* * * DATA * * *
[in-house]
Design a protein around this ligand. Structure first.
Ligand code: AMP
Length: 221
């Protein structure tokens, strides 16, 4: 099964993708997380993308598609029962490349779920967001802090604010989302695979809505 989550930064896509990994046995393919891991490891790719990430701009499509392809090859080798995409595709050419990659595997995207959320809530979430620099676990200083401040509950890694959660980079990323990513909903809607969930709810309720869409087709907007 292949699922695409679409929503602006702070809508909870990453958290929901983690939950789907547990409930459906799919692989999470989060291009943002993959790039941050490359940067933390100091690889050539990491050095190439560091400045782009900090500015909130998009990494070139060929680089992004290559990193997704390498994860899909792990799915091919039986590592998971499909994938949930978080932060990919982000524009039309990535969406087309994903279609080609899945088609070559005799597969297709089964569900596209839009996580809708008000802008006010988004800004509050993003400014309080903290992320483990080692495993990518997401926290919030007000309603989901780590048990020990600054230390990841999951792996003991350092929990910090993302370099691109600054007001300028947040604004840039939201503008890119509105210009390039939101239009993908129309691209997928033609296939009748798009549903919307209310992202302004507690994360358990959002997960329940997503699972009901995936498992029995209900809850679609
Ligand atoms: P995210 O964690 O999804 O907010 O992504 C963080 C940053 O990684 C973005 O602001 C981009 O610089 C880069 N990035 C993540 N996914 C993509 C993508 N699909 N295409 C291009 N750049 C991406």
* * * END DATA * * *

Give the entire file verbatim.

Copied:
[in-house]
Design a protein around this ligand. Structure first.
Ligand code: AMP
Length: 221
């Protein structure tokens, strides 16, 4: 099964993708997380993308598609029962490349779920967001802090604010989302695979809505 989550930064896509990994046995393919891991490891790719990430701009499509392809090859080798995409595709050419990659595997995207959320809530979430620099676990200083401040509950890694959660980079990323990513909903809607969930709810309720869409087709907007 292949699922695409679409929503602006702070809508909870990453958290929901983690939950789907547990409930459906799919692989999470989060291009943002993959790039941050490359940067933390100091690889050539990491050095190439560091400045782009900090500015909130998009990494070139060929680089992004290559990193997704390498994860899909792990799915091919039986590592998971499909994938949930978080932060990919982000524009039309990535969406087309994903279609080609899945088609070559005799597969297709089964569900596209839009996580809708008000802008006010988004800004509050993003400014309080903290992320483990080692495993990518997401926290919030007000309603989901780590048990020990600054230390990841999951792996003991350092929990910090993302370099691109600054007001300028947040604004840039939201503008890119509105210009390039939101239009993908129309691209997928033609296939009748798009549903919307209310992202302004507690994360358990959002997960329940997503699972009901995936498992029995209900809850679609
Ligand atoms: P995210 O964690 O999804 O907010 O992504 C963080 C940053 O990684 C973005 O602001 C981009 O610089 C880069 N990035 C993540 N996914 C993509 C993508 N699909 N295409 C291009 N750049 C991406």